It surprised me in that Tony knew the offense. Me, I had been here two or three days. I practiced on Friday and they kind of told me to get up to speed as quick as possible for the next week, not knowing Jimmy was going to get a concussion. Once that happened, everything went quickly. I was putting in 14 hours a day. Then, I was told on Wednesday morning of that week that I was going to start.

CBS: And you were starting against Baltimore. I mean, really? Couldn’t they have started you against a team that doesn’t have one of the best defenses in the league?

St. Pierre: First of all, you’re starting after a couple days of being with the team, and by the way, you’re playing Baltimore. I didn’t really have time to process it. I was just trying to get my head above water. I wanted just to give us a chance to win. I didn’t want to embarrass myself. I obviously have confidence in myself as a player, but this offense is completely new to me.

2. CBS: How hard is it to learn a completely new offense that quickly? If you had been on the team before and they had re-signed you, it would have been easier. But to learn a completely new playbook …?

St. Pierre: It’s really hard to equate it to anything in real life. It would be like apple meaning orange to you. Everybody runs similar type plays, but they’re called completely differently and they have different terminology. It was breaking old habits and learning new habits, all in a five- or six-day span.

CBS: How do you think the start went? I don’t think anybody could have expected much from you, but you kept the team in the game.

St. Pierre: There are always plays you wish you had back. But given the circumstances and the situation I was put in, I still felt like we could win the game because I always feel like that. I made a couple plays late in the game that hurt us with a couple interceptions, but in that situation, when we’re down 10 and at third and long, you’re just jamming the ball in there. Until the end, I felt like I gave us a chance to win against a really good team. I felt like I held my own. I definitely didn’t feel like I embarrassed myself. I gave us a chance to win, so I can get some satisfaction in that.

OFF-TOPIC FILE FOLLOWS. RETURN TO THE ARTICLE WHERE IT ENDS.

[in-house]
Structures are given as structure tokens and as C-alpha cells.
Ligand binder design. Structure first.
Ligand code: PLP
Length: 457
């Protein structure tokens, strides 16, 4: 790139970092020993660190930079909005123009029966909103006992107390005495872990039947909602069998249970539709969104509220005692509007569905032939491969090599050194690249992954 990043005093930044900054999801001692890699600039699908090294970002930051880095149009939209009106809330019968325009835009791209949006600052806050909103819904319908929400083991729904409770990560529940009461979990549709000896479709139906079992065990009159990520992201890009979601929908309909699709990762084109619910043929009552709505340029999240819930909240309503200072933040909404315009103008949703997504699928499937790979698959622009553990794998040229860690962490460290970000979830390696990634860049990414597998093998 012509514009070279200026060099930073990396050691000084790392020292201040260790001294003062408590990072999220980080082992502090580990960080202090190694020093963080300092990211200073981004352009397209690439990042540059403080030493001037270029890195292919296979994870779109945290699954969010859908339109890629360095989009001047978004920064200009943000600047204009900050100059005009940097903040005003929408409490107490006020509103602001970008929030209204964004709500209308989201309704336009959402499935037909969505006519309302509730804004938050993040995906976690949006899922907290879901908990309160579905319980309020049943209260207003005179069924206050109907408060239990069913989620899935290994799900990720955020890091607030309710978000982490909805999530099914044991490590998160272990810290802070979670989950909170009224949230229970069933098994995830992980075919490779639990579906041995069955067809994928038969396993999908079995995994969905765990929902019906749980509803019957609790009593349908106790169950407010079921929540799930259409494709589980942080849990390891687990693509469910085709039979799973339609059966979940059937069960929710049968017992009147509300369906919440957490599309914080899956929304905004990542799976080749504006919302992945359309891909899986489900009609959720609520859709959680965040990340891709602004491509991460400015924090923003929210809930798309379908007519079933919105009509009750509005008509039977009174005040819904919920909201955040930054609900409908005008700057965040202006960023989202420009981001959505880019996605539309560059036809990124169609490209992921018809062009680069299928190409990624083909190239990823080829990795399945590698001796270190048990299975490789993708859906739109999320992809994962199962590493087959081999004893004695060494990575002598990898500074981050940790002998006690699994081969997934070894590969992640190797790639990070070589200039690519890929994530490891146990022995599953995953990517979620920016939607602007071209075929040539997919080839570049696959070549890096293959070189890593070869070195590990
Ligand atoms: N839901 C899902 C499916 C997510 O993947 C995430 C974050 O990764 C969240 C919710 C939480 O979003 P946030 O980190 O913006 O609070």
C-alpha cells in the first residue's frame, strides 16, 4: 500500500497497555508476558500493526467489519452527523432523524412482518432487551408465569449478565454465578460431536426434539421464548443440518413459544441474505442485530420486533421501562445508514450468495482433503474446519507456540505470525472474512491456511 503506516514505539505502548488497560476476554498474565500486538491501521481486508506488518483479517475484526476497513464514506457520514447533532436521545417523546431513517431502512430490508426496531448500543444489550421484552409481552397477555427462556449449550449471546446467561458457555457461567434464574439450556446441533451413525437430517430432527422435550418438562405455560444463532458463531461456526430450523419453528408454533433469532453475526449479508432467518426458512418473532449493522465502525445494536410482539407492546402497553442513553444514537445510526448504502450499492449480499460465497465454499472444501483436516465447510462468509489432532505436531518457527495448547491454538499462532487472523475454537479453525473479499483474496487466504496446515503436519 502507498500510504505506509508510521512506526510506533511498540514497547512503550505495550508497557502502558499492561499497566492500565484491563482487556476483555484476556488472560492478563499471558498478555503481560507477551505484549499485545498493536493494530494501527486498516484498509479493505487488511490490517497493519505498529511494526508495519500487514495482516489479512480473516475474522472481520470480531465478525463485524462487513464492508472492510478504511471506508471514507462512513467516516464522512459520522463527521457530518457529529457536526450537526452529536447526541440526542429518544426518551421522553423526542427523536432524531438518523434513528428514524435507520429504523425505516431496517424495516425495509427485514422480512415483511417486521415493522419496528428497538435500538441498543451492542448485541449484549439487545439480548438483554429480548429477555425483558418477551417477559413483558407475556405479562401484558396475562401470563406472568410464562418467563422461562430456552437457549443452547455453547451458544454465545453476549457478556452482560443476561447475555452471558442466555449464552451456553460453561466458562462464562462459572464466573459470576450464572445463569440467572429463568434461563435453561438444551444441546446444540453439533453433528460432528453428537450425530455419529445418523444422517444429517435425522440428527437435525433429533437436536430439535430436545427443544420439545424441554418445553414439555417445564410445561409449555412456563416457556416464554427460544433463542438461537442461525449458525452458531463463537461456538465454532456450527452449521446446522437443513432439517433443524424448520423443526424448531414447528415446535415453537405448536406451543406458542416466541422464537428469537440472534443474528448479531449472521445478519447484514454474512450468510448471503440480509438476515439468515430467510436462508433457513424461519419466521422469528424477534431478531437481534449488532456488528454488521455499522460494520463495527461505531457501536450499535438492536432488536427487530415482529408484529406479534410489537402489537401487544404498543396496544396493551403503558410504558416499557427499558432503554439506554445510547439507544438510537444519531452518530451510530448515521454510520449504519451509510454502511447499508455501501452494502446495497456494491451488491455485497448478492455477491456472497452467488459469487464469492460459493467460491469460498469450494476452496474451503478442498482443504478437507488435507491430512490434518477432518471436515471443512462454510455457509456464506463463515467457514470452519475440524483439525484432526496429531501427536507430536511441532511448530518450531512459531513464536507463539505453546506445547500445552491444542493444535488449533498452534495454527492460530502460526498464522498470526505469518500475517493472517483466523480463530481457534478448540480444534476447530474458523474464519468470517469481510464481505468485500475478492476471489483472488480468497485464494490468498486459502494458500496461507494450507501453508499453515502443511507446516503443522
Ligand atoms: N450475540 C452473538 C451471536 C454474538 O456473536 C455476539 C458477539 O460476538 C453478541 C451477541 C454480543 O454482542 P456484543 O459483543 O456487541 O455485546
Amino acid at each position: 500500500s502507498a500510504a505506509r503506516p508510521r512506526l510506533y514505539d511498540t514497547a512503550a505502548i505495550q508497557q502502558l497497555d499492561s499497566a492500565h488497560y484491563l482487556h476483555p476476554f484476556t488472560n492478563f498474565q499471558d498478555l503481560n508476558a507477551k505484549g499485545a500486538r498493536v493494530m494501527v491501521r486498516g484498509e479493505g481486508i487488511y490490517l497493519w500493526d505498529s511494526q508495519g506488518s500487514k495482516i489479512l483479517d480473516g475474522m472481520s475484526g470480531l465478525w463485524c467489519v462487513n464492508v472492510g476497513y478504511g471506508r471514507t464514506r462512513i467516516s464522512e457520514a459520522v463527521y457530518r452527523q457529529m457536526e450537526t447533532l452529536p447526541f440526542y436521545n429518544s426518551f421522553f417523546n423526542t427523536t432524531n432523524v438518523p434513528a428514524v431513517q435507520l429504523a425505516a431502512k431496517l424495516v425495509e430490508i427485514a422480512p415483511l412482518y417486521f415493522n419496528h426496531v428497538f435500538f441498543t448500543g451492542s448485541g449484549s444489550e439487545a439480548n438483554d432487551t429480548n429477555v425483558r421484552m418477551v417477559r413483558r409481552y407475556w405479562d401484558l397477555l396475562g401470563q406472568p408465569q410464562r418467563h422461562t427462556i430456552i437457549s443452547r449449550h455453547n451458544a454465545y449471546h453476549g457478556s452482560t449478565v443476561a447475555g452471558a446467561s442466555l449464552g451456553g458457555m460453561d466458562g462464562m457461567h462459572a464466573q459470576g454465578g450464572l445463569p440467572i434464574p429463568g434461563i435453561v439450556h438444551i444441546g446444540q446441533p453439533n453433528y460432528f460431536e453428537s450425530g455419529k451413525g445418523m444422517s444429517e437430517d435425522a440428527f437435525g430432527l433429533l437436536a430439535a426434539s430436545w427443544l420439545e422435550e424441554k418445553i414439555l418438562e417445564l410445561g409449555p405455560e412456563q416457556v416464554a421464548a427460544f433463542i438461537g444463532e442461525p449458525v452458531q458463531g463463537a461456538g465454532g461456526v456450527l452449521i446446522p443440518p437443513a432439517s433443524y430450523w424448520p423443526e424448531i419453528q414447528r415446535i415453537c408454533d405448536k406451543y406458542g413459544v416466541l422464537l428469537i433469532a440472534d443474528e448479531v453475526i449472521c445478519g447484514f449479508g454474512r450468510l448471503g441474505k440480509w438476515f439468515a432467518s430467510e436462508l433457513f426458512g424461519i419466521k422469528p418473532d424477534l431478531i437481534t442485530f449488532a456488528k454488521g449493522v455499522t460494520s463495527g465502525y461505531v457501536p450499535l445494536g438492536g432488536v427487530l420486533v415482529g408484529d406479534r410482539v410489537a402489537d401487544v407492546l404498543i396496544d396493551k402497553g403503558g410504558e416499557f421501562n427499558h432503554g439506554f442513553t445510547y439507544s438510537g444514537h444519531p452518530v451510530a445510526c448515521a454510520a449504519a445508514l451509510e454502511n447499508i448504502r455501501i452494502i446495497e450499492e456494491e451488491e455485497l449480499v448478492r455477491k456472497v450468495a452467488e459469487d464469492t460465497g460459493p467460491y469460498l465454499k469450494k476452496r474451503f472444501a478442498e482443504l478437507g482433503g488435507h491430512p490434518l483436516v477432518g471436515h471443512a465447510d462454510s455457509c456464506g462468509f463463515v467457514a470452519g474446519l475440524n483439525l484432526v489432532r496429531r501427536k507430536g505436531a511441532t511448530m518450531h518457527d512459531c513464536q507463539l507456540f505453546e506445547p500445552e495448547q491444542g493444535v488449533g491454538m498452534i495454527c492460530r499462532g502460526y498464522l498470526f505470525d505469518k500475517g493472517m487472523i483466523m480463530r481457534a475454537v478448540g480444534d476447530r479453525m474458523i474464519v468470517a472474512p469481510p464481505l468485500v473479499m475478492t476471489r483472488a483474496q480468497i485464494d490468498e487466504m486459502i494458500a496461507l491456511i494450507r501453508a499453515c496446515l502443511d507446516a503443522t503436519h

3. CBS:
When you were sitting at home, did you think your career might be over?

St. Pierre:
I had played seven years. The last time I was involved was last year in the playoffs with Arizona when we played New Orleans. That was my last NFL experience until now. I had a back injury with Arizona, and they weren’t sure I could hold up with my back. They didn’t commit to me one way or the other. If somebody called, I knew I’d love the chance to play again. But if not, I could move on and start the next chapter of my life. But I still stayed in shape, because until you’re done completely, you need to be a professional and stay in shape. When the call comes, it helps to be ready.

4. CBS:
When you weren’t playing football and you were staying at home with your son, you must have felt pretty lucky. There aren’t a whole lot of dads who stay at home with their kids and get to watch them grow every day.

St. Pierre:
It’s been so fun for me to be around him every day and to get to experience the little things – the little changes in him and how they grow. Mothers usually get more of that than the fathers do. I grew up and didn’t see my dad home that much. He’s an orthopedic surgeon and he was gone all the time. If I was upset, I would always go to my mom. I love my dad, but I didn’t see him as much. But with my son, I got to spend so much time with him that he would come to me as regularly as he went to his mother. It makes it all the more special. I wouldn’t trade any of that time I got to spend with him.

There were days when I put him down for a nap, and I’m just sitting there thinking how did my life go from what I did to what I’m doing now. All the good parts about it you love, but I’m used to being in the middle of action and playing NFL football. Now, I’m changing diapers and putting him down for a nap and not really having much to do. What a contrast. In all honesty, I loved being around him. It’s hard for me because I’m not around him at all now. I’ve seen him once in the past three weeks. You always want to be around him.